Use this URL to cite or link to this record in EThOS: http://ethos.bl.uk/OrderDetails.do?uin=uk.bl.ethos.644403
Title: Livelihood strategies in old age : older people and poverty in urban Bolivia
Author: Skinner, E. J.
Awarding Body: University of London
Current Institution: University College London (University of London)
Date of Award: 2006
Availability of Full Text:
Access from EThOS:
Full text unavailable from EThOS. Please try the link below.
Access from Institution:
Abstract:
This thesis aims to develop greater understanding of older people's livelihood strategies in Latin America. It asks whether their contributions to household and family are reciprocated with care and support. The thesis analyses the informal livelihood strategies used by poor older people in urban Bolivia in relation to the household, community, labour market and wider political environment. Drawing on a combination of the sustainable livelihoods and life course perspectives, the thesis examines the multiple survival strategies used by older people and analyses the factors affecting their access to different assets. The primary data come from a year's fieldwork in three contrasting urban zones of La Paz, where 600 household surveys, 16 focus groups and more than 40 semi-structured interviews were conducted. The thesis highlights the heterogeneity of older people in La Paz and the broad range of strategies used to maintain their livelihoods in the absence of state support. It shows that family support is not the reliable source of security that it is generally thought to be and that older people often continue to support their descendents rather than vice versa, in cash or in kind. It stresses the importance of continuing reciprocity: few older people can rely on receiving support from others unless they too continue to contribute. Adult children may have to continue relying on their parents because of the high cost of housing and scarce employment opportunities. The rise in single-parent families and increasing labour migration mean that older people may also be responsible for raising their grandchildren. After a lifetime of balancing family and work obligations, women may be better than men at combining different strategies in old age, and they have stronger social networks. Men's lifelong focus on income generation makes it harder for them to devise other survival strategies in old age.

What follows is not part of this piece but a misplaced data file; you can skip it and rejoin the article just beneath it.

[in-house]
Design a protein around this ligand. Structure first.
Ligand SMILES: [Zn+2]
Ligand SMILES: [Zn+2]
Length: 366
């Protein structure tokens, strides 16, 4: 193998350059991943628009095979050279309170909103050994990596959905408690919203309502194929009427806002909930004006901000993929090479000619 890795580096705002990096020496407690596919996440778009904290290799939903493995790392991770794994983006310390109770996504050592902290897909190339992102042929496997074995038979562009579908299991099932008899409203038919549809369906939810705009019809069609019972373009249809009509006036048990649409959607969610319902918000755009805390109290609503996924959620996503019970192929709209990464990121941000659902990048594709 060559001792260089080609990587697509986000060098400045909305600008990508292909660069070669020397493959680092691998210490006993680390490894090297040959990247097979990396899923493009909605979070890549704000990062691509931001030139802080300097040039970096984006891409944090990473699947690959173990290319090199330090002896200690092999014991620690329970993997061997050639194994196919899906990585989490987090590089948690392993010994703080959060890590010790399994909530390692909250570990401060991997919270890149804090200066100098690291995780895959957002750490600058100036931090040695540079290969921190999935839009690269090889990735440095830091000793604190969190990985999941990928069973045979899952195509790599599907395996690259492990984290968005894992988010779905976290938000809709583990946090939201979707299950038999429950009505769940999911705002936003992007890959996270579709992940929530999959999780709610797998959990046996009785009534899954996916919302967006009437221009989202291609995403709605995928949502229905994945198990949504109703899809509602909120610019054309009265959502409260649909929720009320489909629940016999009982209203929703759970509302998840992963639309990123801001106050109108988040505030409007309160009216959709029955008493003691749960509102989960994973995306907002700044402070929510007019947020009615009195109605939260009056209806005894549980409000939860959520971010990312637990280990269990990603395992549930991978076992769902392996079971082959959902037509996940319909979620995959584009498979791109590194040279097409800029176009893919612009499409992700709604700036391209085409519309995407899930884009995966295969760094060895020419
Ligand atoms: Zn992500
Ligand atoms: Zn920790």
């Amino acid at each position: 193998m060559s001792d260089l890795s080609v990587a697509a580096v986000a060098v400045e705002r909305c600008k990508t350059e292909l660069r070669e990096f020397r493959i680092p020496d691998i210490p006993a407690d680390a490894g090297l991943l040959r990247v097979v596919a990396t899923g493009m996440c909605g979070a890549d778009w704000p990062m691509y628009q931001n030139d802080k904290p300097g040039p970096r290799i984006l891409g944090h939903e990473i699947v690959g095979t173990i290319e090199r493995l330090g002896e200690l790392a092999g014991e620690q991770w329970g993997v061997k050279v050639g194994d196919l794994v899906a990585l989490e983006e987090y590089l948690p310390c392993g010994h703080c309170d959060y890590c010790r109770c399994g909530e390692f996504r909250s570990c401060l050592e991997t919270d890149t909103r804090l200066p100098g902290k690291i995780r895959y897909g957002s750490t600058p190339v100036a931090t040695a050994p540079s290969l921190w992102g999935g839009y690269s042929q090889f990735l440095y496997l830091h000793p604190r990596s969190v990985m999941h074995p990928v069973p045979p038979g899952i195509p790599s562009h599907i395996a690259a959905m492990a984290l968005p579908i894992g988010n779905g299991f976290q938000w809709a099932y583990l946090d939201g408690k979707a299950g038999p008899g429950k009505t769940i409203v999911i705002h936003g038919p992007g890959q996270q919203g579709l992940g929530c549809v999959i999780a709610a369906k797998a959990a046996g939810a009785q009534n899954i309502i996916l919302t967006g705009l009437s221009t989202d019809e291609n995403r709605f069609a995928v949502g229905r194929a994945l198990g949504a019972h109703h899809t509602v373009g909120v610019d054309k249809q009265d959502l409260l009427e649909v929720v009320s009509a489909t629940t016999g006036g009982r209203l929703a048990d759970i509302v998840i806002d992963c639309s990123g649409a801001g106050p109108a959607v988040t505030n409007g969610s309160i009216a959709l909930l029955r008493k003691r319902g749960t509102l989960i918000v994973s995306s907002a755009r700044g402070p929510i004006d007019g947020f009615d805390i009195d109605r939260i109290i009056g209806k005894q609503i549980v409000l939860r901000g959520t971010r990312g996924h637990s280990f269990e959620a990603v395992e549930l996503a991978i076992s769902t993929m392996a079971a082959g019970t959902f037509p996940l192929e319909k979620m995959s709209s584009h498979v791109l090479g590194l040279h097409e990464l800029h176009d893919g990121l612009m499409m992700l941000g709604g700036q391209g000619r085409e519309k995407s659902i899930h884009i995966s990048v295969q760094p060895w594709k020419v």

Supervisor: Not available Sponsor: Not available
Qualification Name: Thesis (Ph.D.) Qualification Level: Doctoral
EThOS ID: uk.bl.ethos.644403  DOI: Not available
Share: